Ivory bill: Let’s create another crime

The Oregon House likely will vote to pass the ban on ivory sales.

The Oregon House likely will vote to pass the ban on ivory sales.

The Oregon ivory bill, you will not be surprised to learn, is alive and well and on its way to becoming law. It's an example of the majority party's tendency to create new crimes out of transactions that until now are legal under Oregon law because they do Oregon no harm.

The bill is SB 913, and it creates the offense of "trafficking in animal parts." The animal parts at issue are rhinoceros horn and ivory from elephants and extinct mammoths, as well as products made from them. The Senate passed an amended version of the original bill on April 28 by a vote of 19-11, and the House Judiciary Committee plans to act on it on May 20.

When the bill becomes law, it will be a crime to sell, buy, possess with intent to sell, or import for sale or purchase any ivory, rhinoceros horn, or products made from either. The idea is to discourage poachers in Africa from slaughtering elephants or rhinoceroses to take their tusks or horns. Evidently the backers of SB 913 think those poachers, who already risk being shot and killed if caught in the act, are going to stop now that they know Oregon disapproves of their unsavory trade.

The immediate effect will be felt not in Africa but in Oregon workshops that make or deal in trinkets of this kind, including those who use mammoth tusks from animals that died thousands of years ago. They'll be out of work. The bill was massaged to exempt certain items containing ivory, such as knives, musical instruments and guns, but the exemptions are limited and convoluted.

For example, if you want to sell a violin bow with ivory inlay without getting into trouble, you must "establish by documentaton" that the item was made before Jan. 18, 1990, and you must show that the ivory makes up less than 20 percent of the bow "by volume." If it's a gun or knife you're trying to sell or buy, the seller has to show the item was manufactured before 1976, and again the ivory component must be less than 20 percent of the item by volume. Good luck proving the percentage of the volume of an old revolver that the ivory sides of the grip make up.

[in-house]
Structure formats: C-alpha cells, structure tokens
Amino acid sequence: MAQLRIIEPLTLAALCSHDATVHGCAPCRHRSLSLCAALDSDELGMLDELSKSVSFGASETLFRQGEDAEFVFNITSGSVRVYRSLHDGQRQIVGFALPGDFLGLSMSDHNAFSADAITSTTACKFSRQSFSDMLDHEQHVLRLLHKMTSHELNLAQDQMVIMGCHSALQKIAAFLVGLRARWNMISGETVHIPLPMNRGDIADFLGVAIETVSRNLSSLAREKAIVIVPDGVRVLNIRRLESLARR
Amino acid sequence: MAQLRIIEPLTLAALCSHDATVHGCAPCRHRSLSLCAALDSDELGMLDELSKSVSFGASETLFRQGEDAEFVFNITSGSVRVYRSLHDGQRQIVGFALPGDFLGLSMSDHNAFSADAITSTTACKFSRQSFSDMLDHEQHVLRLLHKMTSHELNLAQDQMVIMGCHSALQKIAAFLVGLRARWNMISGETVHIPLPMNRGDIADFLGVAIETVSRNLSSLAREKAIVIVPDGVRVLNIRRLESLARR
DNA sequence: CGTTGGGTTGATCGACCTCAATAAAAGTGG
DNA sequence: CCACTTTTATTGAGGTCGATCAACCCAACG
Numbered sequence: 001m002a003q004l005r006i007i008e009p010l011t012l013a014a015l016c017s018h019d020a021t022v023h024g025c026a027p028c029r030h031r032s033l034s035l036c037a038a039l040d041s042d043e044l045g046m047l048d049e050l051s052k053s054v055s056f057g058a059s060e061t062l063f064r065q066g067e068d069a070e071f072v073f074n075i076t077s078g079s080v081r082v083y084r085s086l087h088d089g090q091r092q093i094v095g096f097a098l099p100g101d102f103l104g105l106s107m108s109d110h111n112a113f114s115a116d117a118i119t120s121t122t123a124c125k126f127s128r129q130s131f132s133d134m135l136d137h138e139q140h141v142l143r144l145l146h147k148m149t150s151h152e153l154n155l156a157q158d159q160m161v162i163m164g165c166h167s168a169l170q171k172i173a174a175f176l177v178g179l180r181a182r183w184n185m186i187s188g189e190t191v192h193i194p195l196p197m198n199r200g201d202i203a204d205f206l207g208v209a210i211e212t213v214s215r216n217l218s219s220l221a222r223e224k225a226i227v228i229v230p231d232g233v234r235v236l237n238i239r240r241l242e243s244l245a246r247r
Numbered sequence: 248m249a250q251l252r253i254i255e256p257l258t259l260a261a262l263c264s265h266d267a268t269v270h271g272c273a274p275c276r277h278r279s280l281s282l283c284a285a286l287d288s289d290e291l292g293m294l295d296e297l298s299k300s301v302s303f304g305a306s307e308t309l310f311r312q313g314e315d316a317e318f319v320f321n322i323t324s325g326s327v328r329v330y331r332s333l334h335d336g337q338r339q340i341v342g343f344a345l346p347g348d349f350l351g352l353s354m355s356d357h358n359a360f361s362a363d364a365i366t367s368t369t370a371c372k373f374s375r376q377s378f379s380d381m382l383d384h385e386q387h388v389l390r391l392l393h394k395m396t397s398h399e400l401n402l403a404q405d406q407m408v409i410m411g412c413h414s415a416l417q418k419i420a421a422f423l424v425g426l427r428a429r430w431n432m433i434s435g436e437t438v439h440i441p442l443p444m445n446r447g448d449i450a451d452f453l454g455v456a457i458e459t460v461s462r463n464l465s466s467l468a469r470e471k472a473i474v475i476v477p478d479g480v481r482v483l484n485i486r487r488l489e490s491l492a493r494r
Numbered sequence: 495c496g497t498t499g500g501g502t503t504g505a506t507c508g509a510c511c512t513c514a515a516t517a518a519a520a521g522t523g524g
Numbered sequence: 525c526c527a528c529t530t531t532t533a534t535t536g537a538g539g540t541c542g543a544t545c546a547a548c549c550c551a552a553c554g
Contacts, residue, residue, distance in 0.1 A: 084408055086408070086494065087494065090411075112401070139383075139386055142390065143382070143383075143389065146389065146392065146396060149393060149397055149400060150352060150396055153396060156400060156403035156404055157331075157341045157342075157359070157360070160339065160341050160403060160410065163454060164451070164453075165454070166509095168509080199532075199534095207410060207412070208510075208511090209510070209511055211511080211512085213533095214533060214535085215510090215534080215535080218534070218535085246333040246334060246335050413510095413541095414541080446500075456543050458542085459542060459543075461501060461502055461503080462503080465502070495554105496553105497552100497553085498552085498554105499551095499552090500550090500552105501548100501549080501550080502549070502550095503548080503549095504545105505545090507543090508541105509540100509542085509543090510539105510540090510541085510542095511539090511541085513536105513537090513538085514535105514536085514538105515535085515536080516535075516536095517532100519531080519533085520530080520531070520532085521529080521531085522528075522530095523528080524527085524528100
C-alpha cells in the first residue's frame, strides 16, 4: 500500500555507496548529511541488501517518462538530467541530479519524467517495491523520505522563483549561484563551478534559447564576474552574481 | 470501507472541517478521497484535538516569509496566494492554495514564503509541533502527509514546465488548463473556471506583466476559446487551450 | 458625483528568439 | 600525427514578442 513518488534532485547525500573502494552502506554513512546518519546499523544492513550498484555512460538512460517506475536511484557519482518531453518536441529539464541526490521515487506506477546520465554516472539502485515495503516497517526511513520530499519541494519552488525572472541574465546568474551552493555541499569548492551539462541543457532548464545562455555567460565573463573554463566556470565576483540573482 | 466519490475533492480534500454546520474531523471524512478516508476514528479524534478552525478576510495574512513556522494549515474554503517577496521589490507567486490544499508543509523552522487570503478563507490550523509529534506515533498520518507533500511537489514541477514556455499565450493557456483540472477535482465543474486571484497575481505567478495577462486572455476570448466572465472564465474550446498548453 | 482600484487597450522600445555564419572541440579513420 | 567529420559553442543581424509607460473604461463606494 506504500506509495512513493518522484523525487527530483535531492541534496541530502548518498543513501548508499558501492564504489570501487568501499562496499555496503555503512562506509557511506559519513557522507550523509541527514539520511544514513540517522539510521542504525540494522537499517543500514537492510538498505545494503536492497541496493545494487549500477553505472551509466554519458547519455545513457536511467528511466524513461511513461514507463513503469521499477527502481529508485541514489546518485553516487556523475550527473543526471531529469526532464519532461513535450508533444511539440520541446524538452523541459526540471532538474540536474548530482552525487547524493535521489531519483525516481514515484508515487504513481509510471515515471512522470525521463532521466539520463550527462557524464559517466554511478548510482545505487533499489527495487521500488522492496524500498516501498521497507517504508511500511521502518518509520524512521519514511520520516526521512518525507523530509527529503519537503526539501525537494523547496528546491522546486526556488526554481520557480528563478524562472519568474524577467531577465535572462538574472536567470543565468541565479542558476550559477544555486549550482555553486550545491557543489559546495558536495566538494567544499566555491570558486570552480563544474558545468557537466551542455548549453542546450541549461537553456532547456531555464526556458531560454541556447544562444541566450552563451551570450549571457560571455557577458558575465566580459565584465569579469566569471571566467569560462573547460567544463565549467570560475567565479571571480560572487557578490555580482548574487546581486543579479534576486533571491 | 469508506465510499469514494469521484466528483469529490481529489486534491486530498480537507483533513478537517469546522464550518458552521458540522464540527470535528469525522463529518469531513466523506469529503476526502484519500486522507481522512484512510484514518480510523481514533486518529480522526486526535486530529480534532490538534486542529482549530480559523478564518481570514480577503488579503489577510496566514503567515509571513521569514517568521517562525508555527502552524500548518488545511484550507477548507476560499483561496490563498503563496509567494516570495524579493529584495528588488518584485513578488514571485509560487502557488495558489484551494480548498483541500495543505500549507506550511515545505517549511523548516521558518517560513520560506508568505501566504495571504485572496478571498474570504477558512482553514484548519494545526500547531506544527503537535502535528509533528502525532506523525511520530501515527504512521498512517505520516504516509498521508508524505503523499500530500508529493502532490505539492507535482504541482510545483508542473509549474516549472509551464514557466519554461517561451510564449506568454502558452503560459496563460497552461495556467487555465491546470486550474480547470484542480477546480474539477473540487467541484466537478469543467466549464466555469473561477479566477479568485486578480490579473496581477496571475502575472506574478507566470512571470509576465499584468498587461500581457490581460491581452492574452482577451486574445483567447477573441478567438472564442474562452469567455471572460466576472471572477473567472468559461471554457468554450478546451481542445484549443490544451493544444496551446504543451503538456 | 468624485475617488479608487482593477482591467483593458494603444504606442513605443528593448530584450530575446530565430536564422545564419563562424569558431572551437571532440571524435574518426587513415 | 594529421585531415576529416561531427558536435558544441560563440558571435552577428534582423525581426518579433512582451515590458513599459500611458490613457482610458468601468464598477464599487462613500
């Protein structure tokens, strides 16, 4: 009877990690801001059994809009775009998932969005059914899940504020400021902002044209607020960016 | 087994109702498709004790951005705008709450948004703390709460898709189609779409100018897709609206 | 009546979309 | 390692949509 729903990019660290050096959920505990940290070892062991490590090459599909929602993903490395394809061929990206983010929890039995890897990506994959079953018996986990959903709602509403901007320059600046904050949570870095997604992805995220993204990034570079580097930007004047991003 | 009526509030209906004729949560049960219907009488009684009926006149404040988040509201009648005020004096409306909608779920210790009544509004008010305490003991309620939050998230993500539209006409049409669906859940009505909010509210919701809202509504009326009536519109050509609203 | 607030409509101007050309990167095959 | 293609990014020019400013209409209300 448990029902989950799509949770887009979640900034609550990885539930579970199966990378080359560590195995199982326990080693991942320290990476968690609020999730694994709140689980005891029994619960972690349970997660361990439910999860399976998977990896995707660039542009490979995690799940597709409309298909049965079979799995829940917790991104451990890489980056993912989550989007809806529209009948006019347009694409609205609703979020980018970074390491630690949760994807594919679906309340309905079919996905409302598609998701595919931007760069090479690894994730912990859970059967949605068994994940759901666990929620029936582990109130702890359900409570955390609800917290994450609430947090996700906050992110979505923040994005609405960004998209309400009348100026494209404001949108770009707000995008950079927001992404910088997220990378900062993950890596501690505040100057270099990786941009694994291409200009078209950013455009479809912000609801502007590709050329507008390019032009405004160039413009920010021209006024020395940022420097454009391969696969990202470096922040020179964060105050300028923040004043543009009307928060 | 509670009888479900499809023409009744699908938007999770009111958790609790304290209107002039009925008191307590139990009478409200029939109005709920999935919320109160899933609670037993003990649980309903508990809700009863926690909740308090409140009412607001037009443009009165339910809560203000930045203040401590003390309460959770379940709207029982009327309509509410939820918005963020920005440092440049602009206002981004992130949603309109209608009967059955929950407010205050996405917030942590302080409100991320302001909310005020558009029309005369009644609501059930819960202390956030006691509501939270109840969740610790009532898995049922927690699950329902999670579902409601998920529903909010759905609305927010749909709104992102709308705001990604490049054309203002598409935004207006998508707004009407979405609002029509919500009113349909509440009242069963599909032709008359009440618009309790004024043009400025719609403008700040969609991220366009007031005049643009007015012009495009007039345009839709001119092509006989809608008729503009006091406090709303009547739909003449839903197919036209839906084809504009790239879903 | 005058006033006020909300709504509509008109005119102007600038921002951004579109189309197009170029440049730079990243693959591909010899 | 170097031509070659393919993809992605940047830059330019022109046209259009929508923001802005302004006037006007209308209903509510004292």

There's an exemption for zoos as well. Somebody must have realized that without the exemption, the Portland Zoo could never get another elephant, at least none that has tusks. Come to think of it, that would not be a bad thing. Those big animals in their enclosures always look terribly sad. They were born in captivity, but they always look as though they have some innate longing for the savannah or jungle where their ancestors lived.

And by the way, the amended bill would not take effect until Jan. 1, 2017, giving everybody trying to acquire or unload ivory more than a whole year to complete the sale.

So what's the point? It's to let the backers feel they've done their bit to protect those wild animals far, far away. (hh)

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